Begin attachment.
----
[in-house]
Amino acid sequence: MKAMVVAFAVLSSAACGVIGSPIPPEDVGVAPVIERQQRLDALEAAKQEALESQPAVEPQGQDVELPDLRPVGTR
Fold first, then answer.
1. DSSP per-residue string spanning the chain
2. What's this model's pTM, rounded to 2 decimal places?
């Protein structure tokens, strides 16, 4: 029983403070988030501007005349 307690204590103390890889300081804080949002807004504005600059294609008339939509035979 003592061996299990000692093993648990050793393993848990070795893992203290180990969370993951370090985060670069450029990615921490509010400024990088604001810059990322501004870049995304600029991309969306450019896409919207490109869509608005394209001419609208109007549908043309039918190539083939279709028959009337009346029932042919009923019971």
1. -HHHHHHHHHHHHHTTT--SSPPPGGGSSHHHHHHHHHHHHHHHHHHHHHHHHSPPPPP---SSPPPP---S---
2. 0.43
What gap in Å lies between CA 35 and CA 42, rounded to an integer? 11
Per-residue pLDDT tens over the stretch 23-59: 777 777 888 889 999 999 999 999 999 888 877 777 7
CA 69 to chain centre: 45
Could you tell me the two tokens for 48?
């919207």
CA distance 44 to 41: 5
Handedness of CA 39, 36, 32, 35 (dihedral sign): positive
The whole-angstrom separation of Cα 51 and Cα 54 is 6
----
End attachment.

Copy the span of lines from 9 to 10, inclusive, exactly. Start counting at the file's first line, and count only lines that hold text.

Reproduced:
What gap in Å lies between CA 35 and CA 42, rounded to an integer? 11
Per-residue pLDDT tens over the stretch 23-59: 777 777 888 889 999 999 999 999 999 888 877 777 7